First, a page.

How Not To Be Pressured Into Seasonal Gift Exchanges and Activities You Can’t Afford
The holiday season is gearing up to be an expensive one. A new Deloitte forecast predicts that folks will spend up to 9% more this holiday period compared to 2020, with Americans expected to spend a total of $1.2 trillion. This spending will be gobbled up by retailers, some of which have already unveiled holiday sales, and so the pressure is on for consumers to spend, spend, spend — and not just because they want to, but because they’re cornered into it by gift exchanges, holiday excursions and more events hosted by others.
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“Especially around the holidays, hosts can get a little intense, if not downright pushy because they want their holiday gatherings to be a success,” said Julie Ramhold, consumer analyst with DealNews.com.
This pushy behavior by co-workers, family members and even friends can make one feel like they’re a stingy grinch if they don’t join in on the pricey festivities, even if they’re doing so because they can’t afford it or simply want to trim their holiday spending. How can we get around (and out of) this tricky situation?
Be Direct And Honest
“In order to not feel pressured into seasonal gift exchanges the number one thing you should do is be direct and honest,” said Sha’Kreshia Terrell, personal finance educator and CEO of Humble Hustle Finance. “If you can’t afford it, simply tell someone that a gift exchange is out of your budget. Be direct and get it over with. Honesty creates less guilt and shame in the future.”
Say Thank You and Then Just Say No
“We certainly don’t want to live in a world in which someone is obligated to get themselves into a financial pickle just for the sake of being ‘polite,'” said Nick Leighton, etiquette expert and host of the weekly etiquette podcast Were You Raised By Wolves? “But it’s entirely possible to be both polite and direct at the same time, so the best thing to do is to first thank the organizer for the kind invitation and then clearly say that you’re simply ‘unable to participate this year.'”
Have a Good Excuse To Opt Out
Sometimes being direct isn’t the most effective way to go about it — particularly if your family member, friend or colleague is sure to be persistent in trying to get you to participate in a seasonal gift exchange or other festivity.
“If you know — or strongly suspect — that the host won’t accept you politely declining to participate, consider saying something like, ‘in lieu of giving gifts this year, I’m making a charitable donation instead,'” Ramhold said.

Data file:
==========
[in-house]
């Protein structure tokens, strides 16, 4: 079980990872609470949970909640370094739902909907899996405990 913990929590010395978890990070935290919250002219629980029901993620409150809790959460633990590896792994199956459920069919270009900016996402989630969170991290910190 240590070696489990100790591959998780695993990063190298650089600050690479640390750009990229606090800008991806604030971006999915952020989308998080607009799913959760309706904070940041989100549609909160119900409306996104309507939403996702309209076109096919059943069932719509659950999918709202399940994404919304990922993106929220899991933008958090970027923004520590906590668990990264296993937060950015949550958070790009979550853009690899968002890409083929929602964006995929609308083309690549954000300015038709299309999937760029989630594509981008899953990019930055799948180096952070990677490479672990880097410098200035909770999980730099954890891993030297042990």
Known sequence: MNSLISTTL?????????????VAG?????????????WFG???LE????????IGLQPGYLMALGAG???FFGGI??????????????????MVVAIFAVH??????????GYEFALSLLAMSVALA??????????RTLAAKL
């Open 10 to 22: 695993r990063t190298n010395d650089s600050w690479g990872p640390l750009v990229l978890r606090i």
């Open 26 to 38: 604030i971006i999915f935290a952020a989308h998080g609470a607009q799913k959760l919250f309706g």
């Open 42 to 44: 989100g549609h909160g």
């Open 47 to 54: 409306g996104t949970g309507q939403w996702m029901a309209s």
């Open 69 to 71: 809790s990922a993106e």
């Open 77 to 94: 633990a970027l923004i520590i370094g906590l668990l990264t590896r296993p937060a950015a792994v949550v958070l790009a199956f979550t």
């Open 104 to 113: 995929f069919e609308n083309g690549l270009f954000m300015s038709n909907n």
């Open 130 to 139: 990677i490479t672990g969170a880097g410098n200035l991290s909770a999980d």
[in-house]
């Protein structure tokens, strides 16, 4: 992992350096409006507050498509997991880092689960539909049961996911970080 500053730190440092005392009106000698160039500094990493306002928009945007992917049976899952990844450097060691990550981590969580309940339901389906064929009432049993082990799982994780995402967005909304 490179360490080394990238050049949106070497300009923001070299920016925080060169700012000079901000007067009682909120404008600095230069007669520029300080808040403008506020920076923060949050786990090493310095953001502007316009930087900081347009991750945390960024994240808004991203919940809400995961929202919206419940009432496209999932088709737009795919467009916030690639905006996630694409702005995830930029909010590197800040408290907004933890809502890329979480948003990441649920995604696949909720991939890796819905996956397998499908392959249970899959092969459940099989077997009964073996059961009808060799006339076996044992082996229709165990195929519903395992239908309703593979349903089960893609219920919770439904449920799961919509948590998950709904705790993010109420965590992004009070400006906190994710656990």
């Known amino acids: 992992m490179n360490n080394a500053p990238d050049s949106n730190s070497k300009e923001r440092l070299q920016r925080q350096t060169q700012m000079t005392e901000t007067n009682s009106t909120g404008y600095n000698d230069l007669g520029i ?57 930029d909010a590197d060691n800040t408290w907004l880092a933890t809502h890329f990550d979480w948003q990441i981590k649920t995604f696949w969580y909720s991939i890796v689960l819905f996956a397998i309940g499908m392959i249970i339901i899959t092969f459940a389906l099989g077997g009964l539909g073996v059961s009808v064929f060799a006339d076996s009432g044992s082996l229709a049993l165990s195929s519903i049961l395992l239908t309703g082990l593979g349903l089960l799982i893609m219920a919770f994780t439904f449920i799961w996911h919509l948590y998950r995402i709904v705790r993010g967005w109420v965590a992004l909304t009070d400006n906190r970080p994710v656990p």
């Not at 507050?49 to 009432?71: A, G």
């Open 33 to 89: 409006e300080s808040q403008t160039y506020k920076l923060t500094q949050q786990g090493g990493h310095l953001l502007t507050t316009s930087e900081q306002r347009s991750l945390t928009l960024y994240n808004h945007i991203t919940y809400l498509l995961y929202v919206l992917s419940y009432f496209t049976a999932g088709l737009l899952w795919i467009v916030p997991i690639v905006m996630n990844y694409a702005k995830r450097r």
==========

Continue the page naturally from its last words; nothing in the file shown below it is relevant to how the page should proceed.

By doing this, you can choose a charity to donate to, and your host doesn’t have to know that you may only be donating $5 or even $1.
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Let the Host Know ASAP That You Won’t Be Participating
“If it’s a sign-up sheet at work, you can simply not sign-up, but if it’s a gathering then you’ll have to actually let the host know you can’t participate in the gift exchange part of the party,” Ramhold said. “Consider lessening the blow by committing to bringing an extra dish or snacks if it’s a potluck type of situation.”
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Plan a Charitable Experience Instead
“Plan to do an ‘experience’ together rather than a gift exchange,” said Rachel Wagner, licensed corporate etiquette consultant, speaker and trainer. “Ideas may include the soup kitchen volunteering experience, ringing bells for the Salvation Army, or baking cookies together for a cookie exchange. Or, what about taking several colors of festive nail polish to a nursing home (if visitors are allowed) and polishing the fingernails of women residents?”
Say You’re Trying To Declutter/Be Less Materialistic
“You can also consider saying that you’re not participating in gift exchanges because you’re trying to cut down on material items and/or clutter,” Wagner said. “However, beware that this kind of excuse may result in you needing to remember it long-term. You don’t want to talk about living a clutter-free lifestyle and then a few months later show off a new fancy gadget or something like that.”
Implement a Homemade Gift Rule for the Exchange
“Consider seeing if you can turn the whole thing into something like a cookie exchange instead,” Ramhold said. “That way people can bake their favorite holiday treats and bring enough to trade with everyone else. And then everyone will be able to take home a container of home baked goodies.”
“If you have coworkers, friends, or family members who are in the same boat or feel the same way, get together to present a united front,” Ramhold said. “With enough people not having the funds or wanting to participate, it should (hopefully) be easier for the host to accept not everyone should be forced to buy gifts for an exchange.”
Ramhold added that, to be clear, you shouldn’t confront the host in an aggressive manner.
“If you’re speaking in person, consider mingling in the breakroom with some of your supporters, or send an email to the host with your supporters on it,” Ramhold said. “Make it clear that you’re all willing to help in other ways.”
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Last updated: Oct. 27, 2021